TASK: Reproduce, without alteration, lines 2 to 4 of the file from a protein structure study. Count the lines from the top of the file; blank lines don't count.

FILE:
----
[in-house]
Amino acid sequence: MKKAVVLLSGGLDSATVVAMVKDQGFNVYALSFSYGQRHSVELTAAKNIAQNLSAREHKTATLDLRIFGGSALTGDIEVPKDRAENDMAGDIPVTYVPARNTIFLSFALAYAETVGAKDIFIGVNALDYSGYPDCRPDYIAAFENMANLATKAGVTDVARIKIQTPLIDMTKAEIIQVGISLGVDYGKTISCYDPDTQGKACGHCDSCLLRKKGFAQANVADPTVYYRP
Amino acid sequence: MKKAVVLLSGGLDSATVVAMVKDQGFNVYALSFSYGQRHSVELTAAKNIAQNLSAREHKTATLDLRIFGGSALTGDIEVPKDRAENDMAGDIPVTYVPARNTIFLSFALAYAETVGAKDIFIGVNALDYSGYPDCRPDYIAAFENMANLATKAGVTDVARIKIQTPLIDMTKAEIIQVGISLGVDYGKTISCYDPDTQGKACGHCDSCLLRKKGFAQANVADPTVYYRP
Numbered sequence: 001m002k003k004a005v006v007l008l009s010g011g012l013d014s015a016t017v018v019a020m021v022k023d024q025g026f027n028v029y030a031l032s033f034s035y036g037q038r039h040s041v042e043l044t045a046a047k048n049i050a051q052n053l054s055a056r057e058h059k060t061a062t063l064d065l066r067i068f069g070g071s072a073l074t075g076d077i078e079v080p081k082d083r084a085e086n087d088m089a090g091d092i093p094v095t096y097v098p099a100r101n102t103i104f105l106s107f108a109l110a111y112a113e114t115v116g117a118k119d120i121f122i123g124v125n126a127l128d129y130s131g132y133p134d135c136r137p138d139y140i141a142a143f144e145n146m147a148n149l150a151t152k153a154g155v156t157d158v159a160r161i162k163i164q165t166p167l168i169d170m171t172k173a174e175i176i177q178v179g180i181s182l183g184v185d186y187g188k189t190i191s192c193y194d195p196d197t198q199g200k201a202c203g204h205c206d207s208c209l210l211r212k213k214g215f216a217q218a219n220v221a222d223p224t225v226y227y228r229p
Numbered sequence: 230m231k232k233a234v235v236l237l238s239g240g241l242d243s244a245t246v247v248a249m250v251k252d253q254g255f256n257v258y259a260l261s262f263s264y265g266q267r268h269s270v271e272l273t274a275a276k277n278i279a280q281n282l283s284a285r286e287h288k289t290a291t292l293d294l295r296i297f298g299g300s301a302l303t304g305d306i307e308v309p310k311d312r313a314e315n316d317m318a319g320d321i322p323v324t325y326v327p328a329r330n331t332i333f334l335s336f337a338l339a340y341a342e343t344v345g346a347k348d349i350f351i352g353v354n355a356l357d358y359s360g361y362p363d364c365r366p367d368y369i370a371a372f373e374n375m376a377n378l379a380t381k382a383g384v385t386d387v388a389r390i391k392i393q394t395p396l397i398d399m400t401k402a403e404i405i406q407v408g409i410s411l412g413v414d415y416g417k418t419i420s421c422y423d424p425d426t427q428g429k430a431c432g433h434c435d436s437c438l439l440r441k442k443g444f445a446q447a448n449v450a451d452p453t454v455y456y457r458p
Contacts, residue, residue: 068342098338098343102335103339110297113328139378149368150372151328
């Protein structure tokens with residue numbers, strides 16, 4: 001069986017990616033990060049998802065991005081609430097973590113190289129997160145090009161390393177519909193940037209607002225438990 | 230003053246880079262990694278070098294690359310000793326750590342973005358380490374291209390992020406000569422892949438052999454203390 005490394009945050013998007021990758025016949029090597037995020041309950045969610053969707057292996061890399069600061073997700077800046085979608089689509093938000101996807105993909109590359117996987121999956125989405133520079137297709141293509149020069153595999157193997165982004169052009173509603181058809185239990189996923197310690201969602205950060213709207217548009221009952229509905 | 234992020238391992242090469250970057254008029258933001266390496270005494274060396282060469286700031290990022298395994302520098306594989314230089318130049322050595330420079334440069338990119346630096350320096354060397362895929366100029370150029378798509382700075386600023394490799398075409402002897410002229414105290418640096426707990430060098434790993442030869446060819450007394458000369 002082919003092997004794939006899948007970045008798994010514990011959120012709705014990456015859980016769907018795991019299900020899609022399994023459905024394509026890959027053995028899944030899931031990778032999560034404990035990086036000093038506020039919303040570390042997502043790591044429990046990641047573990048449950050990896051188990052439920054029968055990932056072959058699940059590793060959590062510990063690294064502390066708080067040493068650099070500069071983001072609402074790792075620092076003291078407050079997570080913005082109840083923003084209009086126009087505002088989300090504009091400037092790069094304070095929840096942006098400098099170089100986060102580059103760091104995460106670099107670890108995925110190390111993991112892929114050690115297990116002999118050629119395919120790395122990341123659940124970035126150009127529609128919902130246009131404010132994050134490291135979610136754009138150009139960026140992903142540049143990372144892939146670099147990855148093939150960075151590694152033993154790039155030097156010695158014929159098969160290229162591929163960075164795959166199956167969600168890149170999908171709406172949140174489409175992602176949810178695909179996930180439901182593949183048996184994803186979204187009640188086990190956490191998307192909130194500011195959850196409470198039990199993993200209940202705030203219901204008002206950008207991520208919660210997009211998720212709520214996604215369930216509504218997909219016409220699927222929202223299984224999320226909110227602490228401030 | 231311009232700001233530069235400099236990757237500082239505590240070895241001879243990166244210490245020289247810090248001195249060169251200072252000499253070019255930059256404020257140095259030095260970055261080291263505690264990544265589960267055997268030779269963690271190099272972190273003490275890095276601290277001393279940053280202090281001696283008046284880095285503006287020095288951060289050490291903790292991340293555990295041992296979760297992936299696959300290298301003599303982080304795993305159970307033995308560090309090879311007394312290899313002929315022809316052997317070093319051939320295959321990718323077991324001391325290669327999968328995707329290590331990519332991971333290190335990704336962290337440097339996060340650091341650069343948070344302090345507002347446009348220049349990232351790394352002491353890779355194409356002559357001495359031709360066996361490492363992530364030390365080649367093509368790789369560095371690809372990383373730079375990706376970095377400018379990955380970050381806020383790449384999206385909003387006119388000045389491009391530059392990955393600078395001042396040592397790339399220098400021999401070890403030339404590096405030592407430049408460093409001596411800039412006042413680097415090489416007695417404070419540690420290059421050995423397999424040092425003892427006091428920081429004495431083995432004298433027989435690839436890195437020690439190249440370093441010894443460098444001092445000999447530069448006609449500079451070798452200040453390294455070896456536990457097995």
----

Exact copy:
Amino acid sequence: MKKAVVLLSGGLDSATVVAMVKDQGFNVYALSFSYGQRHSVELTAAKNIAQNLSAREHKTATLDLRIFGGSALTGDIEVPKDRAENDMAGDIPVTYVPARNTIFLSFALAYAETVGAKDIFIGVNALDYSGYPDCRPDYIAAFENMANLATKAGVTDVARIKIQTPLIDMTKAEIIQVGISLGVDYGKTISCYDPDTQGKACGHCDSCLLRKKGFAQANVADPTVYYRP
Amino acid sequence: MKKAVVLLSGGLDSATVVAMVKDQGFNVYALSFSYGQRHSVELTAAKNIAQNLSAREHKTATLDLRIFGGSALTGDIEVPKDRAENDMAGDIPVTYVPARNTIFLSFALAYAETVGAKDIFIGVNALDYSGYPDCRPDYIAAFENMANLATKAGVTDVARIKIQTPLIDMTKAEIIQVGISLGVDYGKTISCYDPDTQGKACGHCDSCLLRKKGFAQANVADPTVYYRP
Numbered sequence: 001m002k003k004a005v006v007l008l009s010g011g012l013d014s015a016t017v018v019a020m021v022k023d024q025g026f027n028v029y030a031l032s033f034s035y036g037q038r039h040s041v042e043l044t045a046a047k048n049i050a051q052n053l054s055a056r057e058h059k060t061a062t063l064d065l066r067i068f069g070g071s072a073l074t075g076d077i078e079v080p081k082d083r084a085e086n087d088m089a090g091d092i093p094v095t096y097v098p099a100r101n102t103i104f105l106s107f108a109l110a111y112a113e114t115v116g117a118k119d120i121f122i123g124v125n126a127l128d129y130s131g132y133p134d135c136r137p138d139y140i141a142a143f144e145n146m147a148n149l150a151t152k153a154g155v156t157d158v159a160r161i162k163i164q165t166p167l168i169d170m171t172k173a174e175i176i177q178v179g180i181s182l183g184v185d186y187g188k189t190i191s192c193y194d195p196d197t198q199g200k201a202c203g204h205c206d207s208c209l210l211r212k213k214g215f216a217q218a219n220v221a222d223p224t225v226y227y228r229p